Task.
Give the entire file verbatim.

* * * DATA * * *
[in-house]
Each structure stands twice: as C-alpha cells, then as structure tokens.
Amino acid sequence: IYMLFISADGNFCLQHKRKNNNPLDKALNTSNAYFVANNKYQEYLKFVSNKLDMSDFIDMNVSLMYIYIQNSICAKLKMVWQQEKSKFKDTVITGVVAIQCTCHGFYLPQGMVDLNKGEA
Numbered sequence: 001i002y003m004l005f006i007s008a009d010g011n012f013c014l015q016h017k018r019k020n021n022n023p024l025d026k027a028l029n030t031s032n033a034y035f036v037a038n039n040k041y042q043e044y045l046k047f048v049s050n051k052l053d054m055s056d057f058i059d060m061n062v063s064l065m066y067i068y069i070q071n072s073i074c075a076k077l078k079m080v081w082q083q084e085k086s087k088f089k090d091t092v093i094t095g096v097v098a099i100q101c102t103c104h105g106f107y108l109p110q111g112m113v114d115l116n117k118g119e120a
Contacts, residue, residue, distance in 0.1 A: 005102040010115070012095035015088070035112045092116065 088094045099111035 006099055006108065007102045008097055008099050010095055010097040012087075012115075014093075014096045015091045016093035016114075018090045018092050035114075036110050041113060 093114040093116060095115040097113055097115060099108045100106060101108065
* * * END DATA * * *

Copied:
[in-house]
Each structure stands twice: as C-alpha cells, then as structure tokens.
Amino acid sequence: IYMLFISADGNFCLQHKRKNNNPLDKALNTSNAYFVANNKYQEYLKFVSNKLDMSDFIDMNVSLMYIYIQNSICAKLKMVWQQEKSKFKDTVITGVVAIQCTCHGFYLPQGMVDLNKGEA
Numbered sequence: 001i002y003m004l005f006i007s008a009d010g011n012f013c014l015q016h017k018r019k020n021n022n023p024l025d026k027a028l029n030t031s032n033a034y035f036v037a038n039n040k041y042q043e044y045l046k047f048v049s050n051k052l053d054m055s056d057f058i059d060m061n062v063s064l065m066y067i068y069i070q071n072s073i074c075a076k077l078k079m080v081w082q083q084e085k086s087k088f089k090d091t092v093i094t095g096v097v098a099i100q101c102t103c104h105g106f107y108l109p110q111g112m113v114d115l116n117k118g119e120a
Contacts, residue, residue, distance in 0.1 A: 005102040010115070012095035015088070035112045092116065 088094045099111035 006099055006108065007102045008097055008099050010095055010097040012087075012115075014093075014096045015091045016093035016114075018090045018092050035114075036110050041113060 093114040093116060095115040097113055097115060099108045100106060101108065